GMF - The German Marshall Fund of the United States - Strengthening Transatlantic Cooperation

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Events
Transatlantic Talk with Senator Christopher Murphy on the Road to Euroatlantic Integration: The Role of the United States in the Western Balkans January 27, 2015 / Washington, DC

On January 26, 2015, GMF hosted United States Senator Christopher Murphy, for GMF’s first installment of its Transatlantic Talks series for 2015.

Transatlantic Talk with Senator Christopher Murphy January 26, 2015

The Road to Euroatlantic Integration: The Role of the United States in the Western Balkans.

Recommitting to Transatlantic Trade: A Conversation with the Congressional TTIP Caucus Co-Chairs January 21, 2015

On Wednesday, January 21, 2015, the German Marshall Fund of the United States (GMF) hosted an on-the-record event with three of the four Co-Chairs of the Congressional TTIP Caucus: Congressman Bill Keating (D-MA), Congressman Richard Neal (D-MA), and Congressman Todd Young (R-IN).

About GMF

GMF’s Washington, DC, office.

The German Marshall Fund of the United States (GMF) strengthens transatlantic cooperation on regional, national, and global challenges and opportunities in the spirit of the Marshall Plan.

GMF contributes research and analysis and convenes leaders on transatlantic issues relevant to policymakers. GMF offers rising leaders opportunities to develop their skills and networks through transatlantic exchange, and supports civil society in the Balkans and Black Sea regions by fostering democratic initiatives, rule of law, and regional cooperation.

Founded in 1972 as a non-partisan, non-profit organization through a gift from Germany as a permanent memorial to Marshall Plan assistance, GMF maintains a strong presence on both sides of the Atlantic. In addition to its headquarters in Washington, DC, GMF has offices in Berlin, Paris, Brussels, Belgrade, Ankara, Bucharest, and Warsaw. GMF also has smaller representations in Bratislava, Turin, and Stockholm.

 

GMF History

 The German Marshall Fund of the United States: A Brief History, researched and authored by Nicholas Siegel offers a look back at GMF’s origins and details our rich history of work promoting closer transatlantic ties.

 
George C. Marshall at Harvard Commencement, 1947. Image: George C. Marshall Foundation

In 1947, at a Harvard University commencement ceremony, U.S. Secretary of State George C. Marshall first announced plans to rebuild war-torn Europe.  That speech led to the creation of the Marshall Plan, credited with putting Europe back on track to democracy and prosperity following the devastation caused by World War II. Twenty-five years later, German Chancellor Willy Brandt went to Harvard to announce plans to create a permanent memorial to Marshall Plan assistance, through a gift of DM 150 million on behalf of the German people. “The memory of the past has become the mission of the future,” he said.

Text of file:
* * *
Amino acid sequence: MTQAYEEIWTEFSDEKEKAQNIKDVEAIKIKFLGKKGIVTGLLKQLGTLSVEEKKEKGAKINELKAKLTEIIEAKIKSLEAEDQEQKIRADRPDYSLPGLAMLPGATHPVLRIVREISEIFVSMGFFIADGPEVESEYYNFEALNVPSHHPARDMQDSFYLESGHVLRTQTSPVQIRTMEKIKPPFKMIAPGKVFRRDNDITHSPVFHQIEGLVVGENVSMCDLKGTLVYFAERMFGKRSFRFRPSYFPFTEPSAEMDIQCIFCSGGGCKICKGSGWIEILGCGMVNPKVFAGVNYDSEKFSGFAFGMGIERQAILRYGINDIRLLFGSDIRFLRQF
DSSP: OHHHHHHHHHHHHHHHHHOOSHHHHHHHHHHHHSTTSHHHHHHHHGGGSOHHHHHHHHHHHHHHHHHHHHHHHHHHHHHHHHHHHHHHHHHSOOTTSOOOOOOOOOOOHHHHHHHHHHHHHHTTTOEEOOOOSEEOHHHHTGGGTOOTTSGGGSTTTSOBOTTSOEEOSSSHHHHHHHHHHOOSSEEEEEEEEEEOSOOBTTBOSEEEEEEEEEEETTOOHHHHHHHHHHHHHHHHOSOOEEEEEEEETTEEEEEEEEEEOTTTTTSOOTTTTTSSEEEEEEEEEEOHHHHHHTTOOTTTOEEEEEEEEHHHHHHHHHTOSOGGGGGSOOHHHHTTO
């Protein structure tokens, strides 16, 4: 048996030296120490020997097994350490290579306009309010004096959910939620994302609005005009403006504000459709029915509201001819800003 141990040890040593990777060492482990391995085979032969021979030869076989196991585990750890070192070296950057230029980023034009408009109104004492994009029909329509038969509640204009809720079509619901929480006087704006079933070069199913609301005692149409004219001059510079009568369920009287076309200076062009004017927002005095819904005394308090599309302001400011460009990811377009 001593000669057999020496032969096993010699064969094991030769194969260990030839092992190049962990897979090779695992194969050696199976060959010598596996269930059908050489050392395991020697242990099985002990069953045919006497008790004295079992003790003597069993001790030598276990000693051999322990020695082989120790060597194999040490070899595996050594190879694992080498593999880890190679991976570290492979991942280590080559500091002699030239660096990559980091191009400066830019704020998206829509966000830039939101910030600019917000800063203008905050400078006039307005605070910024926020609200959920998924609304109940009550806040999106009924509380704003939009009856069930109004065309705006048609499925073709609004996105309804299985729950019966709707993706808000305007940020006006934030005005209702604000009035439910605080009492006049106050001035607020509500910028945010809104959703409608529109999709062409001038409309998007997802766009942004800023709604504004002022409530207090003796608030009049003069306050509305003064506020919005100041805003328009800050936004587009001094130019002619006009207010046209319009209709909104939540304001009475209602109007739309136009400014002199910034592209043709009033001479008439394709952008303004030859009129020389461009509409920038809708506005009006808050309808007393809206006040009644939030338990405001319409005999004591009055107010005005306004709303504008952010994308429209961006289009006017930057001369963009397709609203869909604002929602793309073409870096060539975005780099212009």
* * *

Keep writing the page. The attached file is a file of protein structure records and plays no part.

The German Marshall Fund of the United States is the result of Germany’s generous gift.  Consistent with Brandt’s vision, GMF is dedicated to the promotion of greater understanding and common action between Europe and the United States. The German government renewed its commitment to GMF with subsequent rounds of funding in 1986 and 2001 that resulted in a substantial endowment, ensuring GMF’s work would continue well into the future.

From the very beginning, GMF was envisioned as an institution that would work with all of Europe. After the Berlin Wall fell in 1989, GMF rapidly expanded its work in Central and Eastern Europe and played an instrumental role during the 1990s in assisting with the transitions to democracy in this region.

Today, as an independent U.S public policy and grantmaking institution, GMF continues to foster cooperation between the United States and Europe on the most pressing transatlantic issues, both inside and outside Europe’s changing borders.  GMF also continues strengthen democratic institutions in the spirit of the Marshall Plan.

GMF History Audio: The Origins

Dr. Guido Goldman, Founder and Chairman Emeritus, was an integral part of the organization’s beginnings in 1972. Involved in virtually all aspects of the inception, he offered his insights in an audio interview on GMF’s founding.